Finally, my vote for least appealing Best Picture nominee goes to ViceYes, Christian Bale in the title role and Amy Adams (I love her) as Lynne Cheney are terrific.  But who the hell wants to see a dark comedy about one of the worst Vice Presidents in history who helped lead us to our current political polarization?  Not me.  The filmmaker has all sorts of gimmicks and techniques that he clearly thinks are very clever.  They aren’t, and they don’t help in making the (obvious) point that Dick Cheney is a heartless individual who has spent his entire life trying to amass power and take it away from anyone who doesn’t agree with him.  Let’s don’t celebrate that with comedy (even dark comedy).  Let’s take it for the tragedy we are living in here in 2019.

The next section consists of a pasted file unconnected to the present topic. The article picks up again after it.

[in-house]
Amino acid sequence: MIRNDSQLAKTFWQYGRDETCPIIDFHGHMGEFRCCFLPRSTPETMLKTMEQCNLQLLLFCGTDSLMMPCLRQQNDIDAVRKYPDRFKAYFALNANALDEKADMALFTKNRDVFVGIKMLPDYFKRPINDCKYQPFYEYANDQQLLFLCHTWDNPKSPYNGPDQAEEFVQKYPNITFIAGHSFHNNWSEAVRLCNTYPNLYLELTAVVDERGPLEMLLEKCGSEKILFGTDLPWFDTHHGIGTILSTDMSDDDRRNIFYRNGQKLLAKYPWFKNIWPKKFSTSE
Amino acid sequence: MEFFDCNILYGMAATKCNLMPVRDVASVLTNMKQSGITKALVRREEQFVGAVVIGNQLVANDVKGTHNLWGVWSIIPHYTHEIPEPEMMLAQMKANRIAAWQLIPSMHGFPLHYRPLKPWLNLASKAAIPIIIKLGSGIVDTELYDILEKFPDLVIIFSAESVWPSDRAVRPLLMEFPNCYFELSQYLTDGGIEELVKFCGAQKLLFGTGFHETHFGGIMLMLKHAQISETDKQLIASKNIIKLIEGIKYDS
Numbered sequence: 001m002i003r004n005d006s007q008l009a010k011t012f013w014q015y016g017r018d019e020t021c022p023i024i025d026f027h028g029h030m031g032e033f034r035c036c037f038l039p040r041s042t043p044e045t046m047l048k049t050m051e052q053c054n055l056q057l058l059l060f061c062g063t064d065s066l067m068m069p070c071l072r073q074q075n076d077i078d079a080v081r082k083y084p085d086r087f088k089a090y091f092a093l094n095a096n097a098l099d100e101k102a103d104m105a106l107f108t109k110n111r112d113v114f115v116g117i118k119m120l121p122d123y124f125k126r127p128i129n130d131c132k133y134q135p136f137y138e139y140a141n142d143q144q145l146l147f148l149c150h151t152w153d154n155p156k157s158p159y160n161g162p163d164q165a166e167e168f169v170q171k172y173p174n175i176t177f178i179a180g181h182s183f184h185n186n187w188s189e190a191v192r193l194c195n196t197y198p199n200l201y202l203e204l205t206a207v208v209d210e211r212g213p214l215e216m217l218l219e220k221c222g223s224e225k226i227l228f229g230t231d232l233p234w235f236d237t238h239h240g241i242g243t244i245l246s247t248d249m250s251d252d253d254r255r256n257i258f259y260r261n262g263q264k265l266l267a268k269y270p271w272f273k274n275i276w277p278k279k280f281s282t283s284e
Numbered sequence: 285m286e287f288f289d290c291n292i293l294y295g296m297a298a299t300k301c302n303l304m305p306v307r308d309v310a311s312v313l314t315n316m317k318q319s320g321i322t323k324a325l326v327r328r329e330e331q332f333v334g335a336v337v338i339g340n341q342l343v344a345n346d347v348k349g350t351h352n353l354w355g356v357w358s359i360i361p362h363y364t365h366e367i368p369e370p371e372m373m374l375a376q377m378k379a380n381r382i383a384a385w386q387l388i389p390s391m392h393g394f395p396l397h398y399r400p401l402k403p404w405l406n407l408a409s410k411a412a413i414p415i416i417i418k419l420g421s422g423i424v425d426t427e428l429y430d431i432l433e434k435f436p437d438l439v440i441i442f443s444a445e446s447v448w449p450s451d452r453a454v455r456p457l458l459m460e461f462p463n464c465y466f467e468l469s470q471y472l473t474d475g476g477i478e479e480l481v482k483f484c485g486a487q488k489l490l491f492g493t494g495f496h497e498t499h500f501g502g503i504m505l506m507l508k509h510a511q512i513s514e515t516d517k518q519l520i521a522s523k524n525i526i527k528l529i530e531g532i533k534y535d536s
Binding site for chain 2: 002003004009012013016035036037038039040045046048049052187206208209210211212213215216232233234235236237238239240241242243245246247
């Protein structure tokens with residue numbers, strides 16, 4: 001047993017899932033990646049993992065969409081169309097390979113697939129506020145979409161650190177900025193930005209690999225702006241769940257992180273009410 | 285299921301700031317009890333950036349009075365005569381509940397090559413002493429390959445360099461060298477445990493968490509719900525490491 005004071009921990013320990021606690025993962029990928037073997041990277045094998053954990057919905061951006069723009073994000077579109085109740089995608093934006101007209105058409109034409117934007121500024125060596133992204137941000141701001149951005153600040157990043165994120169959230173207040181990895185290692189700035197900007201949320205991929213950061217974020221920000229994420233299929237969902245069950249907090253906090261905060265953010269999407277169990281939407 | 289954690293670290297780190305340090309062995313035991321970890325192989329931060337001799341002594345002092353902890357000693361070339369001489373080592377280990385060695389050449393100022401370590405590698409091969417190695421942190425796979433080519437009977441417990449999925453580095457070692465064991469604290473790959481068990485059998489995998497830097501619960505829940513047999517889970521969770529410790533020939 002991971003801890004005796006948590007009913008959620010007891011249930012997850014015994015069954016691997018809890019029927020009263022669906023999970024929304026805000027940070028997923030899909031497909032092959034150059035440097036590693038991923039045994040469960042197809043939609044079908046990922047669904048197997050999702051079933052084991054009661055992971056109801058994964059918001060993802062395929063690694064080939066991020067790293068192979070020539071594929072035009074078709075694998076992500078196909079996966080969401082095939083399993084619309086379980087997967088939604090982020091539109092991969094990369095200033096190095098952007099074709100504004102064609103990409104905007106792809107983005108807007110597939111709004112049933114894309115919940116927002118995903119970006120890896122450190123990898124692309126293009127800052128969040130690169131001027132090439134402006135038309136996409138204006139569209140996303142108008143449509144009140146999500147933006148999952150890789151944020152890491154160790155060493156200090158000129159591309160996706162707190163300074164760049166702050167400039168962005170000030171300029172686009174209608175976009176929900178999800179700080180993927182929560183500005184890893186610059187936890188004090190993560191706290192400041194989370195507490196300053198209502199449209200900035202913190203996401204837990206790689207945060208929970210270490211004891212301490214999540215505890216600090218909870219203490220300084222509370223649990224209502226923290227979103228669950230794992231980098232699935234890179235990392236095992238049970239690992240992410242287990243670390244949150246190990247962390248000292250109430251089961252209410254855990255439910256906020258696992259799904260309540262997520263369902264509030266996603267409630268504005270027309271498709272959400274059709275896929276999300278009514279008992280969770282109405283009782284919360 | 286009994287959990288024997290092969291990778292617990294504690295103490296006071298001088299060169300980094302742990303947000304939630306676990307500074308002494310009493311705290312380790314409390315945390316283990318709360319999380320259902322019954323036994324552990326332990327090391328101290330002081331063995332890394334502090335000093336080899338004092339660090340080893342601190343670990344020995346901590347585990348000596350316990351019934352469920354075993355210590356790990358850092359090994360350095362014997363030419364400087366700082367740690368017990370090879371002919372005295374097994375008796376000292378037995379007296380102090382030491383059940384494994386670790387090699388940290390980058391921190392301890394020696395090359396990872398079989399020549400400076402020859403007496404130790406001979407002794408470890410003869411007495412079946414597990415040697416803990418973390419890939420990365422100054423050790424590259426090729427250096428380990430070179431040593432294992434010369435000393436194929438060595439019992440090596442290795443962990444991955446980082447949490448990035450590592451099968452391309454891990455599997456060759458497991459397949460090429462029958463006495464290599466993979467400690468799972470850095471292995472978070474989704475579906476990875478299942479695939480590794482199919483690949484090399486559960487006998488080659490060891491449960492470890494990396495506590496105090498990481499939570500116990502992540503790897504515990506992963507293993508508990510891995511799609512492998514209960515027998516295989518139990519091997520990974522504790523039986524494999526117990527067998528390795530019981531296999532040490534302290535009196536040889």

And that’s all folks.  Jump in with your favorites, argue with mine, and let’s enjoy the Oscars next Sunday evening.

More to come…

DJB

Let’s Do This

A friend, momentarily flummoxed by the varied scale and relative importance of several tasks to be completed over a recent weekend, struggled to develop a schedule.  I tried to be helpful and, as a result, our conversation soon led me to think more broadly about the well-known—and often dreaded—“To-Do” list.

I suspect that there are tens-of-thousands of articles and books on how to construct a useful To-Do list.  (Google says there are 10.6 billion!)  After reading dozens, I’ve come to the conclusion that there is no one way to organize your time effectively.  We are all so different—and the things we value are so different—that to simply proclaim one system the best is foolish.  My interest in this question has become much more relevant as I put together a list of tasks to be completed each day before I transition out of the job I’ve occupied here at the National Trust for more than two decades.